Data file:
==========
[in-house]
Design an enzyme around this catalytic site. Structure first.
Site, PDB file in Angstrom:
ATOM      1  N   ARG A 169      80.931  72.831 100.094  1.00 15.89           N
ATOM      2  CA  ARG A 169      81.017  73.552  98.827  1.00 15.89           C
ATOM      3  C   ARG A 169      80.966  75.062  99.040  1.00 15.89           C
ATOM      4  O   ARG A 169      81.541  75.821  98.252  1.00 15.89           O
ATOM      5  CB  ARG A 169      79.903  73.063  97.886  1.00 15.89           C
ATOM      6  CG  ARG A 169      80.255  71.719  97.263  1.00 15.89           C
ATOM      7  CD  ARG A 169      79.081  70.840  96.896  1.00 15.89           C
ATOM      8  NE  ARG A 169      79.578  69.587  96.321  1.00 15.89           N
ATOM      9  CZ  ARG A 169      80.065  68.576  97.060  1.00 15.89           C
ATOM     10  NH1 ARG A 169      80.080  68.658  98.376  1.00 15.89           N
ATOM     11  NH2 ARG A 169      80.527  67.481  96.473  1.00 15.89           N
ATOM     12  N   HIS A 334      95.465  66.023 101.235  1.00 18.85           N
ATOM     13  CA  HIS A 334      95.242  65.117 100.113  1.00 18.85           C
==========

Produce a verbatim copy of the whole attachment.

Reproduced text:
[in-house]
Design an enzyme around this catalytic site. Structure first.
Site, PDB file in Angstrom:
ATOM      1  N   ARG A 169      80.931  72.831 100.094  1.00 15.89           N
ATOM      2  CA  ARG A 169      81.017  73.552  98.827  1.00 15.89           C
ATOM      3  C   ARG A 169      80.966  75.062  99.040  1.00 15.89           C
ATOM      4  O   ARG A 169      81.541  75.821  98.252  1.00 15.89           O
ATOM      5  CB  ARG A 169      79.903  73.063  97.886  1.00 15.89           C
ATOM      6  CG  ARG A 169      80.255  71.719  97.263  1.00 15.89           C
ATOM      7  CD  ARG A 169      79.081  70.840  96.896  1.00 15.89           C
ATOM      8  NE  ARG A 169      79.578  69.587  96.321  1.00 15.89           N
ATOM      9  CZ  ARG A 169      80.065  68.576  97.060  1.00 15.89           C
ATOM     10  NH1 ARG A 169      80.080  68.658  98.376  1.00 15.89           N
ATOM     11  NH2 ARG A 169      80.527  67.481  96.473  1.00 15.89           N
ATOM     12  N   HIS A 334      95.465  66.023 101.235  1.00 18.85           N
ATOM     13  CA  HIS A 334      95.242  65.117 100.113  1.00 18.85           C